Thursday, October 05, 2006

More pictures from Vietnam

I decided it would be easier for me to post all my pictures with short captions now, and post a more serious piece later. Partly this is because of requests for pictures, and partly it is because my internet connection at home is so slow, blogger times out when I try to upload pictures from there. So while I'm still at work I should upload the pictures.

First, Cao Dai, a religion homegrown in Vietnam in the early 20th century, who see themselves as a successor to Christianity, Judaism, Islam, Hinduism, Buddhism, Taoism, and Confucianism.

There are various levels here: while most wear white, there are those who wear other colors to represent various Asian religions: red for Confucianism, yellow for Buddhism, and blue for Taoism. This worship happens 4 times a day: 6am, 6pm, noon, and midnight. We saw the service at noon. People go through various bowing motions on the floor as a choir and orchestra chant.

Our tour guide says it's in Vietnamese but though he's a native speaker, he can't understand what they're chanting. The symbol they use is the all-seeing eye of God, just like on the dollar bill:

These eyes follow you as you walk by them.

Cao Dai does seances, and this is their main source of religious knowledge. Through these seances they contacted various people from the past, including Sun Yat Sen (founder of Modern China) and Victor Hugo (author of Les Miserables). Here they are, as saints, pointing the way to Cao Daism.

A bit out of order chronologically in our tour, but while I'm on the subject of religion, here's a Buddhist temple. This is Theravada Buddhism, in a Khmer community. North Vietnam has a bunch of Mahayana Buddhism. That bookcase has a bunch of books in English, including one on Zen, which is NOT Theravada Buddhism. Vietnam seems to be a place where different religions get along a bit better than in other places.

Khmer youth all train in a Buddhist temple until they turn 18 and decide whether to remain monks or not.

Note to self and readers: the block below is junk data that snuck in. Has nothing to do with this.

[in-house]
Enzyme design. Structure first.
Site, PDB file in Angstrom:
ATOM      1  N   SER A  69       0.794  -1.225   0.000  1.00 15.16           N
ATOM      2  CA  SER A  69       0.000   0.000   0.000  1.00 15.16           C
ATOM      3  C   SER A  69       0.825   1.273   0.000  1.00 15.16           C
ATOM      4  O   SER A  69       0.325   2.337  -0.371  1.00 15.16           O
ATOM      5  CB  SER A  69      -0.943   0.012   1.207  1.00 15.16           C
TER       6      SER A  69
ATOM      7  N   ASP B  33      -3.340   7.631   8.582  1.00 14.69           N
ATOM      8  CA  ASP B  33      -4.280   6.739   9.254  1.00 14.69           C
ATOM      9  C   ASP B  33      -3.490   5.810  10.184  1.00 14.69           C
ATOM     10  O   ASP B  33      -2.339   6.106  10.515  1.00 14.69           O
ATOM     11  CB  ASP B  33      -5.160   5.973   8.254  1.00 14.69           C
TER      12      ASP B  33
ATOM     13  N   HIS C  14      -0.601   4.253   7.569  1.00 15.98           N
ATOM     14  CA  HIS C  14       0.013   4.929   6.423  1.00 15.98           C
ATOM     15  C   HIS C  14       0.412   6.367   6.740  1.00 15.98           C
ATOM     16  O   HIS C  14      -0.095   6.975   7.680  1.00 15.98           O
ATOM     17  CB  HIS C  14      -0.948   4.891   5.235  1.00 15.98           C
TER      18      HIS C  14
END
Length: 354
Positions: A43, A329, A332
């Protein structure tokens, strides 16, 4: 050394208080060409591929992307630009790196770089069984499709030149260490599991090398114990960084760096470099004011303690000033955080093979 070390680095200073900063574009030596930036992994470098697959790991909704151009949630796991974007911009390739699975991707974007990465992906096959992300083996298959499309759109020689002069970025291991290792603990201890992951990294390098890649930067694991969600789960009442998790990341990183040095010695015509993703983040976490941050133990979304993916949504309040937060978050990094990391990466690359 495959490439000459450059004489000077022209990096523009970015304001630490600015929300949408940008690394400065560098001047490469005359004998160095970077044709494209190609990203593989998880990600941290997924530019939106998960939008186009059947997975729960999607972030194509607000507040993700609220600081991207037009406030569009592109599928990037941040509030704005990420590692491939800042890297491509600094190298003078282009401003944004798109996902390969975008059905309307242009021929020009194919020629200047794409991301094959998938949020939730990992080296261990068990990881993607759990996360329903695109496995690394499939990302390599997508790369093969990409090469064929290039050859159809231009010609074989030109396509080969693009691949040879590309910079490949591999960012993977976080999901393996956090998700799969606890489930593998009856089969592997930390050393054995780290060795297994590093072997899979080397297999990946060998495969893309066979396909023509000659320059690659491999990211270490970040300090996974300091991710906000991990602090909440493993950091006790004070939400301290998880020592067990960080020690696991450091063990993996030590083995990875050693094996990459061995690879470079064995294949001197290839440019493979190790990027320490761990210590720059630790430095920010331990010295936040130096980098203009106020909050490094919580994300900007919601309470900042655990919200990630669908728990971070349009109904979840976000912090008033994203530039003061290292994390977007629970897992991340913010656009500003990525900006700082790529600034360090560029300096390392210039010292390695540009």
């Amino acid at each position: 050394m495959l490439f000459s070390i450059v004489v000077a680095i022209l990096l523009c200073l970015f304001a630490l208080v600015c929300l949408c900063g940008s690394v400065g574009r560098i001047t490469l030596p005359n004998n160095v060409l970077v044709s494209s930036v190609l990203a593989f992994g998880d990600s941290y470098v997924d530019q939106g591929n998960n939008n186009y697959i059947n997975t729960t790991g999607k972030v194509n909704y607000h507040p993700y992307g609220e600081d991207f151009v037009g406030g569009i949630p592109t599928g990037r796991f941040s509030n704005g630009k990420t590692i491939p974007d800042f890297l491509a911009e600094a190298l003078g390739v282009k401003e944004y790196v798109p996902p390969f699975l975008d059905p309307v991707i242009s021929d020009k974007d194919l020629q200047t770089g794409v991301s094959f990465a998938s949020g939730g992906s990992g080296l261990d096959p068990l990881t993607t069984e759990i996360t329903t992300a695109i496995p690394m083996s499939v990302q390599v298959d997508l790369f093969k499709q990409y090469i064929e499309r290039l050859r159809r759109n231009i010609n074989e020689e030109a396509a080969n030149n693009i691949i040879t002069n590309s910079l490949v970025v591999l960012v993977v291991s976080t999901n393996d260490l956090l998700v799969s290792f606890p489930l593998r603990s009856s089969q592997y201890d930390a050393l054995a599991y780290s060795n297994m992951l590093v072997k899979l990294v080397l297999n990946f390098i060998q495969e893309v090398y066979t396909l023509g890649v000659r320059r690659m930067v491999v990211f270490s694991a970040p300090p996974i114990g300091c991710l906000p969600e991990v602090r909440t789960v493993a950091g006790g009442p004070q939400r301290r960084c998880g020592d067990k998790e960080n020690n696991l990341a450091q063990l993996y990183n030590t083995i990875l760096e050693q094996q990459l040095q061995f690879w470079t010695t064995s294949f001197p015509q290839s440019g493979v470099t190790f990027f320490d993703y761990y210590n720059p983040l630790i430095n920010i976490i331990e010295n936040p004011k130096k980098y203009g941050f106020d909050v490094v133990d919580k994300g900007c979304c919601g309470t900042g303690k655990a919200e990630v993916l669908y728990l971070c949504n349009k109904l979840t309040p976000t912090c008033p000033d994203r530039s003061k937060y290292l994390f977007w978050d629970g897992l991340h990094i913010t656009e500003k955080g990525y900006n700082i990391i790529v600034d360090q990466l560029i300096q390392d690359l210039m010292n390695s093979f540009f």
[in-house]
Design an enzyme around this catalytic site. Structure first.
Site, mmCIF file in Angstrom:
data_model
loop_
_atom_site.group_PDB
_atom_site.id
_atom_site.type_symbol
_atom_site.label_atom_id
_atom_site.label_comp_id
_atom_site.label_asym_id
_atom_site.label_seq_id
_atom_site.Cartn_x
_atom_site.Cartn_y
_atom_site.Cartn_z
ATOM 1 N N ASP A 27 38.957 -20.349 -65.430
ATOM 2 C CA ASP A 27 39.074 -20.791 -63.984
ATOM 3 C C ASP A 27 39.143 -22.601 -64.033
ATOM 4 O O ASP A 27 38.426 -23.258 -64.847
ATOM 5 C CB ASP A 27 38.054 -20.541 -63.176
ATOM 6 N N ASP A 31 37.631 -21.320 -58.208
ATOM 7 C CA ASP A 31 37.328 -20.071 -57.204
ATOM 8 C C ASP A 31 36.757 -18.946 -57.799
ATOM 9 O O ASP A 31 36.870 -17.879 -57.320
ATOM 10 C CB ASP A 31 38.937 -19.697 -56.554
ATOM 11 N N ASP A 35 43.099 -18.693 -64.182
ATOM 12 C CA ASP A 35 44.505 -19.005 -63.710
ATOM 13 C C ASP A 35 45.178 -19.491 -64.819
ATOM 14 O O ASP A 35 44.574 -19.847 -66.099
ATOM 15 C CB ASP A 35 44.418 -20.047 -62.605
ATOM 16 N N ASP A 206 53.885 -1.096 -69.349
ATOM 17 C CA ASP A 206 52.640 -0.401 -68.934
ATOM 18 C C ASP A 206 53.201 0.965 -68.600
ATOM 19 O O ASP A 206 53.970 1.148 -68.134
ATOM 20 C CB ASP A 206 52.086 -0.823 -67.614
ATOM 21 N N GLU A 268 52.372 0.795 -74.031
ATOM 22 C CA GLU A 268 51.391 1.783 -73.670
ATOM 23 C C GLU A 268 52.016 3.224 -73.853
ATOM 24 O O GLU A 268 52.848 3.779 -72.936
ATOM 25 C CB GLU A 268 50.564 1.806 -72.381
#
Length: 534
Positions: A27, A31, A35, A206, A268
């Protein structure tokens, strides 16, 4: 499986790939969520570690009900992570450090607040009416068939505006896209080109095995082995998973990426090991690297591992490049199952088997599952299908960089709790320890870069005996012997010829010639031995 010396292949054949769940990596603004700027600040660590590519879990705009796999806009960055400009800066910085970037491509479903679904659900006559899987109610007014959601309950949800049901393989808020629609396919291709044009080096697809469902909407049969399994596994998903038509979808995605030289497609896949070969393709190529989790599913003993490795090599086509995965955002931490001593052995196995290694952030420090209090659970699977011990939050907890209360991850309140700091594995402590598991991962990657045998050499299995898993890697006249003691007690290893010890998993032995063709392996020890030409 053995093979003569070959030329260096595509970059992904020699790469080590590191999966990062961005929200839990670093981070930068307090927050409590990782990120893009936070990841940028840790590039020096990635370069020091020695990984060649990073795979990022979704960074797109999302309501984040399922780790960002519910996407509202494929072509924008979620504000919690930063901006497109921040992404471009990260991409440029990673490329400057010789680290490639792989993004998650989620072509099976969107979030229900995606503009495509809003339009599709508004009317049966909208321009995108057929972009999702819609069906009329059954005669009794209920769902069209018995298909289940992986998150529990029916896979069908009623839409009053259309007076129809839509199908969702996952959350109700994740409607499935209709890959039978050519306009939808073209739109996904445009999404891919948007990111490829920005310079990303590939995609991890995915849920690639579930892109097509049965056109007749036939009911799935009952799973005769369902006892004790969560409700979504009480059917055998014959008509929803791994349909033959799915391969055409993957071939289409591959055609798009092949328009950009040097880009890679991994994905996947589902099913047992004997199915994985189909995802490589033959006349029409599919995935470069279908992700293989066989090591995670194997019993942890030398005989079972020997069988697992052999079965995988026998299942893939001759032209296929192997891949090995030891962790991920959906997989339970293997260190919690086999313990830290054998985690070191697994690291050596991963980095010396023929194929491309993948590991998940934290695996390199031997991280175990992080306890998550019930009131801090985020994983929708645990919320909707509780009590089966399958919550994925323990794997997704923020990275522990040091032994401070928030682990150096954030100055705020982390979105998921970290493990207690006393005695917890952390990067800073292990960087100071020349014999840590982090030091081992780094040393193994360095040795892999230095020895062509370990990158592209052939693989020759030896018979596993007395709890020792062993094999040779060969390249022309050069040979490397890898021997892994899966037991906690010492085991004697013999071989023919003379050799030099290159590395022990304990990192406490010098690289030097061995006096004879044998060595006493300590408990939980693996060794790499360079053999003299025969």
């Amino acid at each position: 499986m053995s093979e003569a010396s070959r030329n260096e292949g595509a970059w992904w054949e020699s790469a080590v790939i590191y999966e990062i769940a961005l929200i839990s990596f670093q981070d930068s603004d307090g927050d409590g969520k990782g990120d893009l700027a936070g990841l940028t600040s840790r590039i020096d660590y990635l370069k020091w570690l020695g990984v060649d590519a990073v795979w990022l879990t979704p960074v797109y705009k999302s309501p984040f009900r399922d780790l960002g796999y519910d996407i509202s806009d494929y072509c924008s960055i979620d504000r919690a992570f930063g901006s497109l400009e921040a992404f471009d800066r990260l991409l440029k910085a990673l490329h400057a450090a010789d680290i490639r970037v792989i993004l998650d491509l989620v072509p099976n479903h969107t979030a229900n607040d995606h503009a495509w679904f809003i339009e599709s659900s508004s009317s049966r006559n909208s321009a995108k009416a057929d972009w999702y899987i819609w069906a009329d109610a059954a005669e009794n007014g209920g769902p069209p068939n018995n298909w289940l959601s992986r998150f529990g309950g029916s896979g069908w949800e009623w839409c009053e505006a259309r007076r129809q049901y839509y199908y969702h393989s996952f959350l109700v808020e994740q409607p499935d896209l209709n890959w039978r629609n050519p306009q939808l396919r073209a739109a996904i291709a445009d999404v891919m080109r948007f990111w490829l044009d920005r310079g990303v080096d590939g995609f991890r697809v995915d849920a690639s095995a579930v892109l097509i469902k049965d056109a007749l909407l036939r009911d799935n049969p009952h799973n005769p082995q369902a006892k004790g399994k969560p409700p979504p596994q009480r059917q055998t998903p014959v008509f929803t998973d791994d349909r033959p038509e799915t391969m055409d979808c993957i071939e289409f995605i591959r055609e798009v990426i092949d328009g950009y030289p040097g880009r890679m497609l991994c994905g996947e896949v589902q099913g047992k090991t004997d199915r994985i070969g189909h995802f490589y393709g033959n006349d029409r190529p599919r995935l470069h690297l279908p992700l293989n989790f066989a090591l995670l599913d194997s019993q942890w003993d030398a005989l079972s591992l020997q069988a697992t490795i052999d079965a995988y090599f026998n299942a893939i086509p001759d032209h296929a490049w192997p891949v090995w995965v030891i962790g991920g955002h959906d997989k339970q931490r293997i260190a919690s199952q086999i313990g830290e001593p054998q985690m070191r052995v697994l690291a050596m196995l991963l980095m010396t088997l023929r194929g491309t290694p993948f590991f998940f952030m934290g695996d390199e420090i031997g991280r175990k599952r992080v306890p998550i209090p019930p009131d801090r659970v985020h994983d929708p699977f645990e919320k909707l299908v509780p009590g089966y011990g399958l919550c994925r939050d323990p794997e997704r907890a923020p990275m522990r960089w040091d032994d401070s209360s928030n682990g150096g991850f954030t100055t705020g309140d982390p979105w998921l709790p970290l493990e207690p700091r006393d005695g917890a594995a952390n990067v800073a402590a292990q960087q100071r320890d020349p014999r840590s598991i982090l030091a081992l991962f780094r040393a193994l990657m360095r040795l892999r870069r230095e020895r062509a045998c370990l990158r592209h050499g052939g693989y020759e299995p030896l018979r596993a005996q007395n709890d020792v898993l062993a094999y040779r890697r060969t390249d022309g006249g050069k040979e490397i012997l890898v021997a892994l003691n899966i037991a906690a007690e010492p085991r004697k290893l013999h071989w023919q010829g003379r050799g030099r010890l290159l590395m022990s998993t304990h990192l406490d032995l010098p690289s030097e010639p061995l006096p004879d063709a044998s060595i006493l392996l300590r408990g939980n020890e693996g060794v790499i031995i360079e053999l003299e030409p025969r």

Notre Dame Cathedral in Saigon:

This is during a service. Note the crowd around, some trying to get in, Others feel it's a party. Note the balloons being sold on the lower left.

Next: During a service. It was packed. Service in Vietnamese. I tried to be discreet so I didn't use flash and couldn't get a good angle.

Meanwhile I hear singing across the street. I go and find a kind of Sunday school class, I suppose. It's next to a Catholic bookstore. I know it's Catholic because it's featuring books like these:

But it also has books like these:

Steven Covey, of "Seven Habits of Highly Effective People" fame (here's one for teens) is, of course, Mormon. But, as I said, in the atmosphere in Vietnam, Catholics and Mormons get along fine together.

Here's another look at the church. Lots of traffic. Takes lots of practice to cross the street.

Motorbikes everywhere. Worse than in Taipei. And not all of them are experienced drivers, either. Sometimes a whole family is riding one. They follow traffic lights, but as a pedestrian you often can't see them lights. There are often no crosswalks. Luckily no one is really speeding, so you can do quick negotiations with each driver as you approach collisions.

Here's rush hour going to the airport:

On another topic, we toured the Mekong River delta. No one knows how long it is because its source is somewhere in the inaccessible Tibetan plateau. But it brings lots of rich silt and periodically floods the river delta, depositing fresh fertilizer every year. Farmers just plant, sit back, then harvest. They still do that. Not because it's quaint--it's still a viable way to make a living. They only make about a dollar a day, but they grow their own food and live on boats. It's apparently a viable way of living. We toured by boat.